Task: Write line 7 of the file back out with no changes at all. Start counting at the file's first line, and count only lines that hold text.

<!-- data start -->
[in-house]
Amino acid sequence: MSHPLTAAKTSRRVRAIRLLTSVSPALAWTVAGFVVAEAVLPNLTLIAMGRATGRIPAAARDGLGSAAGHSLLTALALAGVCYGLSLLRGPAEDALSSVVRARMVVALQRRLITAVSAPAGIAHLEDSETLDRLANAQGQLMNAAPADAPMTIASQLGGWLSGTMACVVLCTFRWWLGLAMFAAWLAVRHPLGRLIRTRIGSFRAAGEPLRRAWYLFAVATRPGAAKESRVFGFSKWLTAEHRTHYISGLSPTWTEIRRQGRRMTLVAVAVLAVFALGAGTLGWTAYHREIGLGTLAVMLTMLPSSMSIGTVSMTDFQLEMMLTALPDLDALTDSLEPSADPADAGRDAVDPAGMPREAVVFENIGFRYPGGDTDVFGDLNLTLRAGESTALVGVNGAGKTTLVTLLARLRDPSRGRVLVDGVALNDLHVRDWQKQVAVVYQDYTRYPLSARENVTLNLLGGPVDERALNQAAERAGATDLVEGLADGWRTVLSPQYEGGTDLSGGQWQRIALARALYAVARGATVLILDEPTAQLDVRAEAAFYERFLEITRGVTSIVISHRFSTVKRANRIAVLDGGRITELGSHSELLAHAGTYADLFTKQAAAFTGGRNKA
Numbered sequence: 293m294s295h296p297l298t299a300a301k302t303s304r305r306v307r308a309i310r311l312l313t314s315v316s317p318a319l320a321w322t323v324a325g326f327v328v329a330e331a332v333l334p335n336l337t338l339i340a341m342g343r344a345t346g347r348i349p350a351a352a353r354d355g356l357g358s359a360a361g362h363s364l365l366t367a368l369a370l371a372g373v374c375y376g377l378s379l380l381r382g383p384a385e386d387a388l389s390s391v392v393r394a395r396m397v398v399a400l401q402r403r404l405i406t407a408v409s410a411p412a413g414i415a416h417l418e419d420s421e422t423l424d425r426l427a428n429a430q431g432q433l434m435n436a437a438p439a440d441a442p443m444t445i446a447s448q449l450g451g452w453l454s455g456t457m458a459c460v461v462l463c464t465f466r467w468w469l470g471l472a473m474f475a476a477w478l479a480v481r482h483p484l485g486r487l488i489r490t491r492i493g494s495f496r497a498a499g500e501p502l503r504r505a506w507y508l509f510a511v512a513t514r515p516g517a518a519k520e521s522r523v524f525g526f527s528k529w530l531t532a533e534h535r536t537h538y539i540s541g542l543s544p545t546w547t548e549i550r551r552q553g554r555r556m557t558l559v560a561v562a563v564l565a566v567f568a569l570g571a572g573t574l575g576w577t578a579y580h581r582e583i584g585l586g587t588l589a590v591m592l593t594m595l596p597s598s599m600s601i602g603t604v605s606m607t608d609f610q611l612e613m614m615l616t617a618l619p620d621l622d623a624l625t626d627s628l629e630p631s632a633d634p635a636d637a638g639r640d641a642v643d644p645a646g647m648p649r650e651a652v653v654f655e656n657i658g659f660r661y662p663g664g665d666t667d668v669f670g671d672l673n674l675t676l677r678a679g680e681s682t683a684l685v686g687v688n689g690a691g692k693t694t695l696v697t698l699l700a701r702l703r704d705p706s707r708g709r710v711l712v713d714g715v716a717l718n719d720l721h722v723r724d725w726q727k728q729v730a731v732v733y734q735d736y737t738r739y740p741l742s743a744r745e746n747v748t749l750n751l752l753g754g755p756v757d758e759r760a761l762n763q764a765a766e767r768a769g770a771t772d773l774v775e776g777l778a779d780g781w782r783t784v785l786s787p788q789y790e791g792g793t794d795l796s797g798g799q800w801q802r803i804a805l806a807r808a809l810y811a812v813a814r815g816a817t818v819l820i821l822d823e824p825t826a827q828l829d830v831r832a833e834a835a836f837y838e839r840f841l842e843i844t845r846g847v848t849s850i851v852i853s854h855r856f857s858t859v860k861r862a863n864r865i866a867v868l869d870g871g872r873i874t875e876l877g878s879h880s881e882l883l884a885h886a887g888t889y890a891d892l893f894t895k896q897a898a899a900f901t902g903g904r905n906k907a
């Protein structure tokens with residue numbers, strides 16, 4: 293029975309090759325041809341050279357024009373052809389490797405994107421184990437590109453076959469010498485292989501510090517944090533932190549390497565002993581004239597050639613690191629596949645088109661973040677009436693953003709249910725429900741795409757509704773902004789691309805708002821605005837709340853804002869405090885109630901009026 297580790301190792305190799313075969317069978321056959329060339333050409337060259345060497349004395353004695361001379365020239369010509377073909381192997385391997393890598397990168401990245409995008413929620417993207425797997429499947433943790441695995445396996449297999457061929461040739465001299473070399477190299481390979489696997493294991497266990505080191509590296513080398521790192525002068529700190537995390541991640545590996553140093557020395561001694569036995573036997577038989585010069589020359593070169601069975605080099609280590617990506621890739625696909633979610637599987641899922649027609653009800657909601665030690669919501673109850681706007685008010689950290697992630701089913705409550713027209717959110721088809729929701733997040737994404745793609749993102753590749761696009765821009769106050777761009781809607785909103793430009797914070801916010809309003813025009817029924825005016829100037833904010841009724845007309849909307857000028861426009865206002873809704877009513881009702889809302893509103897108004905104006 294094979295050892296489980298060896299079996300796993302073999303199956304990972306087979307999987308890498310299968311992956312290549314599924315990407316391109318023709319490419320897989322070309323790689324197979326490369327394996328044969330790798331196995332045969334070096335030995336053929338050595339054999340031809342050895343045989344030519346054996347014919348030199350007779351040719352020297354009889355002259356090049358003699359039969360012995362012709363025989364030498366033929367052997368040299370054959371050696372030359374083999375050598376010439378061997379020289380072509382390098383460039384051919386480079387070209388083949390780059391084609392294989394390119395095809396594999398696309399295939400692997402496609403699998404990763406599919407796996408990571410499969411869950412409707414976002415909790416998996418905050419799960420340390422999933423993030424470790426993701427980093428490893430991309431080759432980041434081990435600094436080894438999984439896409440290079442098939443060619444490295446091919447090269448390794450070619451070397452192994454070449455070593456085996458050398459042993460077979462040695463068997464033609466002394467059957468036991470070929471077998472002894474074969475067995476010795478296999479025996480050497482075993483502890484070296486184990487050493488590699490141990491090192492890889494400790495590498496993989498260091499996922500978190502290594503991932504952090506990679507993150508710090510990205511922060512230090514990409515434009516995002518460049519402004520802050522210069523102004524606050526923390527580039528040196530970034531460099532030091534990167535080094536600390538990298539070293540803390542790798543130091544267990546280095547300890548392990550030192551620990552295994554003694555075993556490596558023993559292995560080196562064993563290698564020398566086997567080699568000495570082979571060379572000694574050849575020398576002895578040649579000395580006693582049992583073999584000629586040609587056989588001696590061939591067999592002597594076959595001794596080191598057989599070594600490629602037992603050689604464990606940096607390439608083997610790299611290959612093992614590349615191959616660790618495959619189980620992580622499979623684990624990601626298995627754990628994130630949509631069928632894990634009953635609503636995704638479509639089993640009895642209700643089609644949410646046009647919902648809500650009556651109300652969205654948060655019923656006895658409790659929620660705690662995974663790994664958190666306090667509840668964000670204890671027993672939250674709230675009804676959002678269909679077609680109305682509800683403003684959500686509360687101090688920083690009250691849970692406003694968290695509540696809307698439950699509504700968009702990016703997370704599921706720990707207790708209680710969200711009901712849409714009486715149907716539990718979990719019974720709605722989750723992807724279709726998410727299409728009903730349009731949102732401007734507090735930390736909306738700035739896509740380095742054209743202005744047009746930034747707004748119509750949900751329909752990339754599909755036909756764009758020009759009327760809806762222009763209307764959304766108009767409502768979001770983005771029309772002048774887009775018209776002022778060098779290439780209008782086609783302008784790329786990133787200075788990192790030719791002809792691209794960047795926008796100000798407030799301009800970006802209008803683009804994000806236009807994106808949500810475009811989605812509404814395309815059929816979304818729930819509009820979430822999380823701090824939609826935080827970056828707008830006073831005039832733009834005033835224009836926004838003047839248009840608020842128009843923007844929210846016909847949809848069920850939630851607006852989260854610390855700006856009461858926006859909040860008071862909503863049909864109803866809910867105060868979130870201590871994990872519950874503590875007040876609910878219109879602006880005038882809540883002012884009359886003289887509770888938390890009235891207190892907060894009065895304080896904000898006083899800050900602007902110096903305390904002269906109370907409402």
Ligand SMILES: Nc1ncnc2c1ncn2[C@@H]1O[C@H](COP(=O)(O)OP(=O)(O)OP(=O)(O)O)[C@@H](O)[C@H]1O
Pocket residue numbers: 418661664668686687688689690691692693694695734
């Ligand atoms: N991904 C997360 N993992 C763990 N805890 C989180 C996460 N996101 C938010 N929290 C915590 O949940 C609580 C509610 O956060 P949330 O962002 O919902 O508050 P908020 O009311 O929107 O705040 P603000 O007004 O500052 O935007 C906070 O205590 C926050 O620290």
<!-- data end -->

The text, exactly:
């Ligand atoms: N991904 C997360 N993992 C763990 N805890 C989180 C996460 N996101 C938010 N929290 C915590 O949940 C609580 C509610 O956060 P949330 O962002 O919902 O508050 P908020 O009311 O929107 O705040 P603000 O007004 O500052 O935007 C906070 O205590 C926050 O620290």